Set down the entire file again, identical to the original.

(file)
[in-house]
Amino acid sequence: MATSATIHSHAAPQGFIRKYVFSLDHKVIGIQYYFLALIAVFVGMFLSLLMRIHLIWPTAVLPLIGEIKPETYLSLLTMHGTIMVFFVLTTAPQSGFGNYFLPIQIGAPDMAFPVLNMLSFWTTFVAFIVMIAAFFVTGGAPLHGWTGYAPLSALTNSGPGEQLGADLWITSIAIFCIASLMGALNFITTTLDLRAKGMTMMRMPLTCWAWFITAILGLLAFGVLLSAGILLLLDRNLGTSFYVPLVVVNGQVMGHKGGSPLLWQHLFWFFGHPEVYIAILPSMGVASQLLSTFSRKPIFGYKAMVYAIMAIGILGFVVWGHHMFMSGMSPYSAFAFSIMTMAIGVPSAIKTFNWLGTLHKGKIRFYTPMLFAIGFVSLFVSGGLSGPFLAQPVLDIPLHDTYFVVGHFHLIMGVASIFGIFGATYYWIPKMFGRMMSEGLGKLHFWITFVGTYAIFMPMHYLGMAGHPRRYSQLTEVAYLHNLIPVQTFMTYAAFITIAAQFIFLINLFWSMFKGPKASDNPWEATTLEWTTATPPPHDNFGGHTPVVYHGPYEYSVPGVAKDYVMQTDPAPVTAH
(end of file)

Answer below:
[in-house]
Amino acid sequence: MATSATIHSHAAPQGFIRKYVFSLDHKVIGIQYYFLALIAVFVGMFLSLLMRIHLIWPTAVLPLIGEIKPETYLSLLTMHGTIMVFFVLTTAPQSGFGNYFLPIQIGAPDMAFPVLNMLSFWTTFVAFIVMIAAFFVTGGAPLHGWTGYAPLSALTNSGPGEQLGADLWITSIAIFCIASLMGALNFITTTLDLRAKGMTMMRMPLTCWAWFITAILGLLAFGVLLSAGILLLLDRNLGTSFYVPLVVVNGQVMGHKGGSPLLWQHLFWFFGHPEVYIAILPSMGVASQLLSTFSRKPIFGYKAMVYAIMAIGILGFVVWGHHMFMSGMSPYSAFAFSIMTMAIGVPSAIKTFNWLGTLHKGKIRFYTPMLFAIGFVSLFVSGGLSGPFLAQPVLDIPLHDTYFVVGHFHLIMGVASIFGIFGATYYWIPKMFGRMMSEGLGKLHFWITFVGTYAIFMPMHYLGMAGHPRRYSQLTEVAYLHNLIPVQTFMTYAAFITIAAQFIFLINLFWSMFKGPKASDNPWEATTLEWTTATPPPHDNFGGHTPVVYHGPYEYSVPGVAKDYVMQTDPAPVTAH